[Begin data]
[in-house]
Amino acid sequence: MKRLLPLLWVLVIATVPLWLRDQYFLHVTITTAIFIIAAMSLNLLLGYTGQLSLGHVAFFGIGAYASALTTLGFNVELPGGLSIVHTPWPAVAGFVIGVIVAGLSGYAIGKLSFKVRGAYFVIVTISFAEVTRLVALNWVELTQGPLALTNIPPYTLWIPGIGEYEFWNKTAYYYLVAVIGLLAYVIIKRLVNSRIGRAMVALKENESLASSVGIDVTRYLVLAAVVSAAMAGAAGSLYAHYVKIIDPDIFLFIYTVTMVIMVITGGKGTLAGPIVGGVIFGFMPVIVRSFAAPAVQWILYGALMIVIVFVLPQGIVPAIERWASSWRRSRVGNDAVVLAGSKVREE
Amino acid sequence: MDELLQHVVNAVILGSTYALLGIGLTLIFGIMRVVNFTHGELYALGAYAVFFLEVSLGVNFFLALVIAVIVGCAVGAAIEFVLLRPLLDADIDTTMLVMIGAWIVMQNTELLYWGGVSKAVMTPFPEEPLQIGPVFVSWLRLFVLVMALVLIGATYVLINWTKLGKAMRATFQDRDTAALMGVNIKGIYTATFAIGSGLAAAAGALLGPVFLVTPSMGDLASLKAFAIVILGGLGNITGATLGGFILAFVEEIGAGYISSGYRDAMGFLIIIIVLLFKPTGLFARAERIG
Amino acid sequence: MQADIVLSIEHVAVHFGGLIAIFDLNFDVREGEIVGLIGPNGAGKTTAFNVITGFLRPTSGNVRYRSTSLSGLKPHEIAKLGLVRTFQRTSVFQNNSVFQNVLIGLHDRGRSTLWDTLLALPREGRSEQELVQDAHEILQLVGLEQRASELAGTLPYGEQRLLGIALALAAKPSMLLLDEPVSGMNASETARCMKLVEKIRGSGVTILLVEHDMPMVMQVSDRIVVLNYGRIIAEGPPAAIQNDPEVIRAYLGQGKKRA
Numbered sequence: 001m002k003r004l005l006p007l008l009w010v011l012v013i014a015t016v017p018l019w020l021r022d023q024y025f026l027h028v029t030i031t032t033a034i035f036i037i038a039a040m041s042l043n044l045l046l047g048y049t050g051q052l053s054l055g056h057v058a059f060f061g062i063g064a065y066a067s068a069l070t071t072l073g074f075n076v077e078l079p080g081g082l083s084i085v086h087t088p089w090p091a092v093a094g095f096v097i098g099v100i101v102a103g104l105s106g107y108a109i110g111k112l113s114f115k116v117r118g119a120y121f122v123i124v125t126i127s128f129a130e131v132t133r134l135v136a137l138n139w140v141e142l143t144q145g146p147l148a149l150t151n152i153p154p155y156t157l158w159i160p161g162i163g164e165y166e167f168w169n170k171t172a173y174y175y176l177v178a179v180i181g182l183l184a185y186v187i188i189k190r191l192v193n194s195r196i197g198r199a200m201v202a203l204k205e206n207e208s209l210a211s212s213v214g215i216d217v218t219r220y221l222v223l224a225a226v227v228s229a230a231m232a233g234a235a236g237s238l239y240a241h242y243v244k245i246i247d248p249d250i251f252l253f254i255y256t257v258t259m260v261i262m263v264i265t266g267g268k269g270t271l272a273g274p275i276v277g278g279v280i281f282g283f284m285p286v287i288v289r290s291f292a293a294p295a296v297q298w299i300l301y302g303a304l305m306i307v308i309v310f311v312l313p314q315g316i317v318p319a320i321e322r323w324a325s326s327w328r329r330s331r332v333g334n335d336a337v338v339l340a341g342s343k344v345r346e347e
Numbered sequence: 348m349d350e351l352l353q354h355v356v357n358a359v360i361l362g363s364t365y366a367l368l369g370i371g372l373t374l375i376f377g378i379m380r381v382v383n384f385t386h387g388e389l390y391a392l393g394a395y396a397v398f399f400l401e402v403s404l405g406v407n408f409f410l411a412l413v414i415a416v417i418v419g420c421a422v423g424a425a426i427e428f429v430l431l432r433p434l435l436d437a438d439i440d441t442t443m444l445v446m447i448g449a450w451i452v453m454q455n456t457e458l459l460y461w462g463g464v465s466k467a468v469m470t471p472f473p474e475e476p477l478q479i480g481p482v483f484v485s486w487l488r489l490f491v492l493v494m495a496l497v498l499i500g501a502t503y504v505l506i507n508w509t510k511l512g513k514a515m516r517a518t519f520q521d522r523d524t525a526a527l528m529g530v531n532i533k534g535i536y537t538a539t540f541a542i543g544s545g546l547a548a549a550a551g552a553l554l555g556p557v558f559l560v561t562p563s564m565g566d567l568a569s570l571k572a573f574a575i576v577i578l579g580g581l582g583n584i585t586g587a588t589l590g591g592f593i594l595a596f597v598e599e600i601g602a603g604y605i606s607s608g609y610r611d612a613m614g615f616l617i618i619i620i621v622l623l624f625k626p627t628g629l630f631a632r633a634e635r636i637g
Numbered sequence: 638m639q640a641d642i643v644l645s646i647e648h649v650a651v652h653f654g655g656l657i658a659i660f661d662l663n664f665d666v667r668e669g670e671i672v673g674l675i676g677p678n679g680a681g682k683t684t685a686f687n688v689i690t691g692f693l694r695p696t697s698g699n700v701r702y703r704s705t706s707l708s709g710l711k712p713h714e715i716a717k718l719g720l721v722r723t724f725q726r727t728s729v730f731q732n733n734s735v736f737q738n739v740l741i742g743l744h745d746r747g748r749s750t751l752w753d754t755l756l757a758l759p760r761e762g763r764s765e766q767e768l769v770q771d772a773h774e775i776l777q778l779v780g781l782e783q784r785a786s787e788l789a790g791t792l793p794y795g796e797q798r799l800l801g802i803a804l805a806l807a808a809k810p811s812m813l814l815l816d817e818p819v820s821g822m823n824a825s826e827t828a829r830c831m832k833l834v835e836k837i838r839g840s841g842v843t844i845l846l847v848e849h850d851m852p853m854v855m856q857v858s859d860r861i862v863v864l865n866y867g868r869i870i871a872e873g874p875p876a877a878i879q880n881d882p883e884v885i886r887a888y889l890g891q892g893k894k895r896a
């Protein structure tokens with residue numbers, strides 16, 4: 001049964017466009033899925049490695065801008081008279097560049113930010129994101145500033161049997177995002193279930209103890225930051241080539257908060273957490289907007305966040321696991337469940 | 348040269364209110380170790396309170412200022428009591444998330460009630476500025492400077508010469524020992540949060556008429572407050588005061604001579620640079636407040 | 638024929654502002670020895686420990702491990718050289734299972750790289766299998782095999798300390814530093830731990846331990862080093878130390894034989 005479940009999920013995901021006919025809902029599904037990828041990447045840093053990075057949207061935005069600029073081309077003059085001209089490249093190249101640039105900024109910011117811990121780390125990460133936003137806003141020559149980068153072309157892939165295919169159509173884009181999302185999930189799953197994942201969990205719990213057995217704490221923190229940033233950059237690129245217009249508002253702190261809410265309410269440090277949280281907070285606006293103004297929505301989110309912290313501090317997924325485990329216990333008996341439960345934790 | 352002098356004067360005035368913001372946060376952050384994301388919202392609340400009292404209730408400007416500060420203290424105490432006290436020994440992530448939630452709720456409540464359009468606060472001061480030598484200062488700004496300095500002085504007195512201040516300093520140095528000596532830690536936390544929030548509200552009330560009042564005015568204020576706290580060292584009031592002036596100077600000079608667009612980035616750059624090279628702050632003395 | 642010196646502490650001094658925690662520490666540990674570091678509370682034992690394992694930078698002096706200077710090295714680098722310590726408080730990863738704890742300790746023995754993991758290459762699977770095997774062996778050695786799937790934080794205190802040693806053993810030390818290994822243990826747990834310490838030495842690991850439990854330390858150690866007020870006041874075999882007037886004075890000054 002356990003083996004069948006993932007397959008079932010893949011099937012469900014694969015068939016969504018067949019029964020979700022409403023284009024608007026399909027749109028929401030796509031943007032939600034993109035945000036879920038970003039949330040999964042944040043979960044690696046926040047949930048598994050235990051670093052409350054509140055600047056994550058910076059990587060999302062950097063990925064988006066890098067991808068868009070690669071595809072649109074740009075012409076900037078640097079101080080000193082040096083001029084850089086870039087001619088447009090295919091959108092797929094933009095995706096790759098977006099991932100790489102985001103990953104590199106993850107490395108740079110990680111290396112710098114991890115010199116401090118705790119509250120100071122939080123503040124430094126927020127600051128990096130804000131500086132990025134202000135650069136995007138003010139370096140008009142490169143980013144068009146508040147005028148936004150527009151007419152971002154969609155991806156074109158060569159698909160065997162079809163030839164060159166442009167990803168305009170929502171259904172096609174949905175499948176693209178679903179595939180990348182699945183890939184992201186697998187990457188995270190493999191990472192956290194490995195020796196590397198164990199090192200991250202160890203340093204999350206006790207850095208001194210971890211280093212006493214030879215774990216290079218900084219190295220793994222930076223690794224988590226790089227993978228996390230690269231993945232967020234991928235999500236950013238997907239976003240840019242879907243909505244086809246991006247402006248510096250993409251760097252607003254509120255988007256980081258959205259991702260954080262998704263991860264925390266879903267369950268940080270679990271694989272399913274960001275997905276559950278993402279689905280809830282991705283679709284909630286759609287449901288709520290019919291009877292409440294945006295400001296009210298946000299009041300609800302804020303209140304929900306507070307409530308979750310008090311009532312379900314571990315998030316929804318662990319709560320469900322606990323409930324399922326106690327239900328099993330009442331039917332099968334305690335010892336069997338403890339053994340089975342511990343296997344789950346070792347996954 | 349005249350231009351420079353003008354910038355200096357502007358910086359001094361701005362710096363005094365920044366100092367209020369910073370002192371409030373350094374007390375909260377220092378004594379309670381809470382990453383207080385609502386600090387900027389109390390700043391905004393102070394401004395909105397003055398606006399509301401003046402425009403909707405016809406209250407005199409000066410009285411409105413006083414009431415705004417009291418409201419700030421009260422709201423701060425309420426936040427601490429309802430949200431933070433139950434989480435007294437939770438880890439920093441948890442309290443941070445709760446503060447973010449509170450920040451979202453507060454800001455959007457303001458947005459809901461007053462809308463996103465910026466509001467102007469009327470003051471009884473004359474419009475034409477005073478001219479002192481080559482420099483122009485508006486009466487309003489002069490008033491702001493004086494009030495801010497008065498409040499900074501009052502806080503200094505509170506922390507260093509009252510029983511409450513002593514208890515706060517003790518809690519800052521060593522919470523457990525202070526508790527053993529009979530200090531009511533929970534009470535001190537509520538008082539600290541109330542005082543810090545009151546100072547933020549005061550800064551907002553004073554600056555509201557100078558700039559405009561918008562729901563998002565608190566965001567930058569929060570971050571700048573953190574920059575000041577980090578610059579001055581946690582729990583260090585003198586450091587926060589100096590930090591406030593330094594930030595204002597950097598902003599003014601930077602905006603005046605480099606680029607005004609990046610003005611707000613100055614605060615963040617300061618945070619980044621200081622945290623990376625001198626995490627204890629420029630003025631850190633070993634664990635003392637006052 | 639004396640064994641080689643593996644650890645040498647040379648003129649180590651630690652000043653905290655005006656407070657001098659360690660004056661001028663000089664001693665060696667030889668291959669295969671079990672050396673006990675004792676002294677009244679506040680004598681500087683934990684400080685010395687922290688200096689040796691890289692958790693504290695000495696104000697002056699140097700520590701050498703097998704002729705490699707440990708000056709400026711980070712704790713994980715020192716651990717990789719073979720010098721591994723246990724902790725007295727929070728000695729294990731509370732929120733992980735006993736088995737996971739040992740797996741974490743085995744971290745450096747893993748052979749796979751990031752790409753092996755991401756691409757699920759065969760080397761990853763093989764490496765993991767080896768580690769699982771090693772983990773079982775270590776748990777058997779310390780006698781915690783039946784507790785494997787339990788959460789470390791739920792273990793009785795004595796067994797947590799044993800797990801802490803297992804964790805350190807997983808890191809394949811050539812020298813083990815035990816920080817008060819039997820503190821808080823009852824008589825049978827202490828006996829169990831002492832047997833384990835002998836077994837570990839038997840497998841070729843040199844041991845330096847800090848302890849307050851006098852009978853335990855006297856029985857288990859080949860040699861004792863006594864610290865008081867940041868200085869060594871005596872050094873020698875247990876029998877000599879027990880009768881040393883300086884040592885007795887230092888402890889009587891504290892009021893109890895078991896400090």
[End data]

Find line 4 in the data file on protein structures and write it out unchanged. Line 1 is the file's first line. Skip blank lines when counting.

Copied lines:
Amino acid sequence: MQADIVLSIEHVAVHFGGLIAIFDLNFDVREGEIVGLIGPNGAGKTTAFNVITGFLRPTSGNVRYRSTSLSGLKPHEIAKLGLVRTFQRTSVFQNNSVFQNVLIGLHDRGRSTLWDTLLALPREGRSEQELVQDAHEILQLVGLEQRASELAGTLPYGEQRLLGIALALAAKPSMLLLDEPVSGMNASETARCMKLVEKIRGSGVTILLVEHDMPMVMQVSDRIVVLNYGRIIAEGPPAAIQNDPEVIRAYLGQGKKRA